NASA on Thursday shared new images from this week’s collision between a space probe and the asteroid Dimorphos. The images were taken by the James Webb and Hubble space telescopes. Astronomers say the impact of the collision was much larger than expected.By Lennart ‘t Hart
Telescopes on Earth also recorded the collision this week. These images already showed a huge cloud of dust rising from Dimorphos after the spacecraft landed on the asteroid. It also showed how fragments spread over an area of thousands of miles.
The James Webb and Hubble – telescopes that float in space – examined the scene more closely and were able to zoom in much further. This gave astronomers the ability to see the collision just a few miles away.
According to the astronomers, the new images very clearly show how material is expelled from the asteroid when the probe hits. “The impact seen in the images appears to be far greater than we expected,” said Ian Carnelli of the European Space Agency (ESA).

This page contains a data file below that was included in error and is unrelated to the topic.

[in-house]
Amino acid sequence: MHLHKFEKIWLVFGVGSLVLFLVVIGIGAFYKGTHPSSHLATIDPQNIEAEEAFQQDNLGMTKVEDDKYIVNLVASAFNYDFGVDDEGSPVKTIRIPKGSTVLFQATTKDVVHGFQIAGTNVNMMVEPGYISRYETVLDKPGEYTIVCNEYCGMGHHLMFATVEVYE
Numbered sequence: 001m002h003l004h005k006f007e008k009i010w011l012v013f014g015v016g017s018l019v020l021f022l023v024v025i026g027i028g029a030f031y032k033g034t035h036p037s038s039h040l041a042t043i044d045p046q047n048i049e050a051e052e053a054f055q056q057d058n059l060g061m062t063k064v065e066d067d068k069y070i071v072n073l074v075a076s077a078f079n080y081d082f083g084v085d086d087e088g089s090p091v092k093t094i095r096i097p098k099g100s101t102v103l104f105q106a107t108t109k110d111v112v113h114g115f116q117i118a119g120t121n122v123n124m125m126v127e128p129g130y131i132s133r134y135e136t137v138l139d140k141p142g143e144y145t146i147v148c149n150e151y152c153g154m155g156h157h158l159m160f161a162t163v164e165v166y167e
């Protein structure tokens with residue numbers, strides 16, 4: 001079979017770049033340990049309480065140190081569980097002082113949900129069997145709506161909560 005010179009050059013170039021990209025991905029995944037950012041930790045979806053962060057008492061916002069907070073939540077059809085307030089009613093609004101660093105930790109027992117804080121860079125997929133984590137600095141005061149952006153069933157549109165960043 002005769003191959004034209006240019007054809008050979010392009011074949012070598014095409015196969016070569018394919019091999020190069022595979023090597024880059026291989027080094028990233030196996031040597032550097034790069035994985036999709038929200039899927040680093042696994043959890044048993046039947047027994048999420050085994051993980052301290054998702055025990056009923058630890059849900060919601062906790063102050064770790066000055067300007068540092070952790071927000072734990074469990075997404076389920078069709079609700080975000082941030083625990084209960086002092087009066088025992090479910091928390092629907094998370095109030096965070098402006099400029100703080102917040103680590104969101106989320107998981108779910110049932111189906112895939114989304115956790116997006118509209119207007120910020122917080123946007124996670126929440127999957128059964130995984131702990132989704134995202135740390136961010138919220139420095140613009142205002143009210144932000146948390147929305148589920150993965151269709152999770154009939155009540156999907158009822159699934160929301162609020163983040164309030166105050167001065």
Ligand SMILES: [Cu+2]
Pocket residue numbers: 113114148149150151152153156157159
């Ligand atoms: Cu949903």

Maybe a broken piece of Dimorphos
Carnelli is leading the Hera mission, in which a spacecraft will be launched in 2024 that will examine the aftermath of the impact. Hera is expected to arrive in Dimorphos in 2026.
ESA planned to study a crater with a diameter of about 10 meters in advance. “Now it looks like it will be much bigger. If there is a crater, maybe a piece of Dimorphos broke off,” Carnelli said.
Dimorphos, the space rock that was struck 11 million kilometers from Earth, posed no danger to our planet. NASA’s goal was to push the asteroid out of orbit through the universe. Astronomers hope to make a first estimate within a week to find out if it was successful. A precise measurement will follow in three or four weeks, according to Carnelli.
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